The seventh tip is to share your knowledge.
It’s often fulfilling to be an expert on a specialized program, but Keefe warns against being the only one in the know.
“In the cases when you’re a de facto expert, you want to pull teammates in and train them,” even if you have to take the initiative to make that training happen, he explains.
“You want to share that knowledge, because if you have an on-call structure, then you won’t have to always be the only one on call.”
8. Use your gadgets.
There’s no doubt that Keefe is a fan of gadgets because he, like many others, can use mobile devices to get work done whenever, wherever.
Moreover, he says, mobile devices can be tied into the office network, allowing employees to not only receive automated messages about potential problems but also to troubleshoot from wherever they are.
“IT professionals have invented everything that lets people work from wherever, [so] no one in IT should be enslaved to a particular place,” Lingle adds.
9. Use your gadgets wisely.
Consider this statement: “Devices like BlackBerry chain you to work more than they liberate you.” In the Digital Life America survey released in February 2007 by Solutions Research Group, one-third of respondents agreed with that statement — and they were themselves all users of BlackBerries, Palm Treos and other smart phones.It doesn’t have to be that way — if you’re willing to put your foot down about how much of your attention such devices can demand.
When Steve Davidek, a systems administrator for the city of Sparks, Nev., got a BlackBerry about a year ago, he quickly found himself dealing with e-mails at all sorts of times and places. He reassessed his situation and decided to stop checking e-mails during off-hours. Instead, colleagues know to reach him via phone to relay news of problems that truly needed his immediate attention. “I need a cell phone; I don’t need a leash,” he explains.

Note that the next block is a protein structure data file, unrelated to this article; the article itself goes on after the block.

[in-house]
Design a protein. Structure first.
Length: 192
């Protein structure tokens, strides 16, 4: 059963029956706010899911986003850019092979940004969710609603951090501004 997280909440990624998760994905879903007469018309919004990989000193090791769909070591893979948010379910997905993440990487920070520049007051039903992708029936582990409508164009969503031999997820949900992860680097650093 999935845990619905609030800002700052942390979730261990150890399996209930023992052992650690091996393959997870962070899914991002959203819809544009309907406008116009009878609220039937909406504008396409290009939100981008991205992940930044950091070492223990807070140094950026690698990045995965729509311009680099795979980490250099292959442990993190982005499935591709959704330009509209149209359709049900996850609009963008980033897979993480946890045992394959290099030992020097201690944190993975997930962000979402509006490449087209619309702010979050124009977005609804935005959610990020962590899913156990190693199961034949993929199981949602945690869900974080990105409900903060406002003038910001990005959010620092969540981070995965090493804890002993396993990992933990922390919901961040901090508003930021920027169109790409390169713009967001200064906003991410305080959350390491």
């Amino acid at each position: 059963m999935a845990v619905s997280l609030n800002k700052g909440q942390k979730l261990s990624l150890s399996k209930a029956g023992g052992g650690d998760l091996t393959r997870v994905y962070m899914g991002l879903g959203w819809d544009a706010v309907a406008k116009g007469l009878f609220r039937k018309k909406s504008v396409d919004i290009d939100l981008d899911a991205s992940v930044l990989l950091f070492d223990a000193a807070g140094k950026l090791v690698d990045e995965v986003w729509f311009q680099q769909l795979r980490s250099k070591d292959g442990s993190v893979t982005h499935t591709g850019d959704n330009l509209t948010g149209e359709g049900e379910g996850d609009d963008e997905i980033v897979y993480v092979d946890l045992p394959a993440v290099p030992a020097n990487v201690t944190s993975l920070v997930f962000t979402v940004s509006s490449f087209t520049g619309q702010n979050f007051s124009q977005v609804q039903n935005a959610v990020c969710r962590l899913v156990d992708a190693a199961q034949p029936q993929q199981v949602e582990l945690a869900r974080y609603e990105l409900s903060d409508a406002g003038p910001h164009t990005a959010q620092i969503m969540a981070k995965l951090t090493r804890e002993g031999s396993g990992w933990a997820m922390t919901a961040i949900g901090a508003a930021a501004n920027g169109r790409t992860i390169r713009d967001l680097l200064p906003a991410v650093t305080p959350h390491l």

10. Maintain perspective.
It’s easy to feel your life is out of whack when a looming deadline or major systems failure has everyone in overdrive. Before you panic or throw in the towel and quit, take a deep breath, the experts advise.
“You’re going to have blips; that’s just life,” Briefcase Moms’ Martin says.Martin suggests that instead of focusing on how tough you have it at any particular moment — or, worse yet, making decisions based on short-term problems — you should take a long-term perspective and consider how you’re working to achieve your work and life goals.
She remembers coaching one working mother who had worked hard to develop highly specialized skills that were in high demand and yet “felt like she was chasing her tail all the time and felt her only solution was to find a different job.”
When Martin asked her client to consider what she liked about her career and what she wanted from her job and personal life, the woman realized she liked her work; she just didn’t like the hours. In the end, rather than walking away from a job she liked, the woman negotiated a four-day workweek that allowed her the extra time at home that she wanted.
“Sometimes this is difficult,” Martin says, “but work/life balance is about being clear about what your boundaries are and then communicating them.”
Pratt is a Computerworld contributing writer in Waltham, Mass. Contact her at firstname.lastname@example.org.